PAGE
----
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Onkyo Going Big With Dolby Atmos

Upper Saddle River, N.J. – Dolby Atmos, Dolby’s next-generation surround-sound technology for movie theaters, is coming to home theaters this year.

Onkyo became one of the first audio suppliers to announce plans to ship audio electronics components with built-in Dolby Atmos decoding. The first three Onkyo products, shipping in August, are the $1,699-suggested TX-NR1030 and $2,399 TX-NR3030 A/V receivers and the $2,499 PR-SC5530 preamp/surround processor.

The company will also bring the technology into lower price points with a firmware update, targeted in September, to enable Dolby Atmos decoding by its midprice TX-NR636, TX-NR737 and TX-NR838 networked A/V receivers, which are already available at suggested retails of $699, $899 and $1,199, respectively.

To further expand its Atmos selection, Onkyo plans to incorporate Dolby Atmos decoding into two receiver-based home-theater receiver/speaker packages, the HT-S7700 and HT-S9700THX. The company will also offer two home-theater speaker packages designed to meet Dolby specifications for delivering an Atmos soundfield when connected to an Atmos-decoding electronics component, the company said.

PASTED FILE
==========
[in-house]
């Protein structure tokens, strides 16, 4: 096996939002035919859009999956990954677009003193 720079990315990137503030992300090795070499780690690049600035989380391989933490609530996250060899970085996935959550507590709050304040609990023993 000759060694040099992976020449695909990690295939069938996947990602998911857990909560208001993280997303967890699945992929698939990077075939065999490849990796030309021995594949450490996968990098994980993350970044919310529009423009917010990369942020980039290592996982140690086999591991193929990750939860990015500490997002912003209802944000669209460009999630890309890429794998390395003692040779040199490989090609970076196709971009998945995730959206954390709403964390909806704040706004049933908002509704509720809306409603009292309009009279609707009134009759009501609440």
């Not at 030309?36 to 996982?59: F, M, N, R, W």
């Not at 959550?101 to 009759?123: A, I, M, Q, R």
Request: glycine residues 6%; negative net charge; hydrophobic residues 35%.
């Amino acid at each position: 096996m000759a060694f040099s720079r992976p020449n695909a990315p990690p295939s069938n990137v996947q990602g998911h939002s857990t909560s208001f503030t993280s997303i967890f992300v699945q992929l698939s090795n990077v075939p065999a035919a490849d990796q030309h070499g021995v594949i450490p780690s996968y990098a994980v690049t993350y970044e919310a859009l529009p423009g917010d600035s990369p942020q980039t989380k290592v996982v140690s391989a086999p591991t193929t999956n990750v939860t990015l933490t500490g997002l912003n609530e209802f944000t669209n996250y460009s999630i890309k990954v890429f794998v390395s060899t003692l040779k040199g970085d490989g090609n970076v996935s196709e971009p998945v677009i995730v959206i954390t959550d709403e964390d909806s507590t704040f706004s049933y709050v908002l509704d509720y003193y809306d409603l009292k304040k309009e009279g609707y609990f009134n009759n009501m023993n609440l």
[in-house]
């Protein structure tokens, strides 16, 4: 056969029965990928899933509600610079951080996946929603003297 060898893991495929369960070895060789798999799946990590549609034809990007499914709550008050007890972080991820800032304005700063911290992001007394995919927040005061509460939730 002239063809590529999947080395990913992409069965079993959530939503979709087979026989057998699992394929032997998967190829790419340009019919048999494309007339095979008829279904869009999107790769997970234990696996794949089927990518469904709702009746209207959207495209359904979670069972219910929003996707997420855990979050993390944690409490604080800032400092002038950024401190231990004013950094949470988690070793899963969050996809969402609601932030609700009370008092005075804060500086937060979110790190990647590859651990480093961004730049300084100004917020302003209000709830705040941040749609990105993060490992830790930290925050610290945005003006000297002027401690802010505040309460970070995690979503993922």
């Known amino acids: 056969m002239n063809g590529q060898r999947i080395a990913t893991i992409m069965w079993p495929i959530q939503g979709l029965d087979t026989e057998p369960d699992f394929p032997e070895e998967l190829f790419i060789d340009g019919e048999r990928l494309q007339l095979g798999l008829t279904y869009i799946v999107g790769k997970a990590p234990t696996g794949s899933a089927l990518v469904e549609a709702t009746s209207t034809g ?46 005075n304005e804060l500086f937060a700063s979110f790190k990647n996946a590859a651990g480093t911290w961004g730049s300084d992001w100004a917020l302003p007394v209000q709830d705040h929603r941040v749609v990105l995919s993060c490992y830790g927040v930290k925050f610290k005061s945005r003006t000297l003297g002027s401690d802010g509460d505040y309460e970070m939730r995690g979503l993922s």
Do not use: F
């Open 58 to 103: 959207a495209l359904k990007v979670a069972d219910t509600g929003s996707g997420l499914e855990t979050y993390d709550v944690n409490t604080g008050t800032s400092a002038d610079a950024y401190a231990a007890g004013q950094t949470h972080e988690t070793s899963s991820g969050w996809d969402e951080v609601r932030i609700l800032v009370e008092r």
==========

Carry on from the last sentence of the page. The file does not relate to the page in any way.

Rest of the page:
Ship dates for the receiver/speaker packages and the speaker packages were not disclosed.

Onkyo didn’t say when Atmos-encoded sound tracks would be available to consumers to play back through their Atmos-decoding home theaters, but in a statement, the company said, “Later this year, entertainment enthusiasts will be able to enjoy Dolby Atmos in their home theaters.”

At this week’s CE Week in New York, the company will demonstrate Dolby Atmos.

Dolby Atmos “places and moves specific sounds anywhere in the room, including overhead,” the company said. With Onkyo’s Atmos-equipped electronics components, consumers will be able to add a pair or more of in-ceiling height speakers to complement traditional 5.1-, 7.1- or 9.1-speaker configurations. Consumers, however, would be able to enjoy the benefits of Atmos without ceiling speakers by setting up Dolby Atmos-enabled speakers, the company said. Details on speaker configurations are available at